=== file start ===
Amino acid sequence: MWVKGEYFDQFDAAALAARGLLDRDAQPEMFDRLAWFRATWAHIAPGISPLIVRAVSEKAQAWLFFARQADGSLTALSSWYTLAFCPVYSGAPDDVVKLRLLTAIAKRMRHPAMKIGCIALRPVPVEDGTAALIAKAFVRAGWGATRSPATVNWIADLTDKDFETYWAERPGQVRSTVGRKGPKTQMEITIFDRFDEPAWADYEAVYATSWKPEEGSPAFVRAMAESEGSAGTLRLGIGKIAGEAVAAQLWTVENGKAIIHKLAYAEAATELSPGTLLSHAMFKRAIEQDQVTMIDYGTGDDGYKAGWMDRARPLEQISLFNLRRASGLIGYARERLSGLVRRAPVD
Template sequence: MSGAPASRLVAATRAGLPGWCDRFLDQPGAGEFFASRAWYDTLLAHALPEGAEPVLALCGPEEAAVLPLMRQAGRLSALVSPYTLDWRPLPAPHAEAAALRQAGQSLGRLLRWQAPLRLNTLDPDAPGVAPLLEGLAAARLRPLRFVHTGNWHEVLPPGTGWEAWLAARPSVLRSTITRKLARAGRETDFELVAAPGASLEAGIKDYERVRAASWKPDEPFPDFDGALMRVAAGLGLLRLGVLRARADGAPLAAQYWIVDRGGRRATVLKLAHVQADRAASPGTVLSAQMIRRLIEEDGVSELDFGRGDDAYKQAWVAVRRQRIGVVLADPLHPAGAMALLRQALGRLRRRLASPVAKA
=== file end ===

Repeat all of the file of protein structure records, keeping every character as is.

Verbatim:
Amino acid sequence: MWVKGEYFDQFDAAALAARGLLDRDAQPEMFDRLAWFRATWAHIAPGISPLIVRAVSEKAQAWLFFARQADGSLTALSSWYTLAFCPVYSGAPDDVVKLRLLTAIAKRMRHPAMKIGCIALRPVPVEDGTAALIAKAFVRAGWGATRSPATVNWIADLTDKDFETYWAERPGQVRSTVGRKGPKTQMEITIFDRFDEPAWADYEAVYATSWKPEEGSPAFVRAMAESEGSAGTLRLGIGKIAGEAVAAQLWTVENGKAIIHKLAYAEAATELSPGTLLSHAMFKRAIEQDQVTMIDYGTGDDGYKAGWMDRARPLEQISLFNLRRASGLIGYARERLSGLVRRAPVD
Template sequence: MSGAPASRLVAATRAGLPGWCDRFLDQPGAGEFFASRAWYDTLLAHALPEGAEPVLALCGPEEAAVLPLMRQAGRLSALVSPYTLDWRPLPAPHAEAAALRQAGQSLGRLLRWQAPLRLNTLDPDAPGVAPLLEGLAAARLRPLRFVHTGNWHEVLPPGTGWEAWLAARPSVLRSTITRKLARAGRETDFELVAAPGASLEAGIKDYERVRAASWKPDEPFPDFDGALMRVAAGLGLLRLGVLRARADGAPLAAQYWIVDRGGRRATVLKLAHVQADRAASPGTVLSAQMIRRLIEEDGVSELDFGRGDDAYKQAWVAVRRQRIGVVLADPLHPAGAMALLRQALGRLRRRLASPVAKA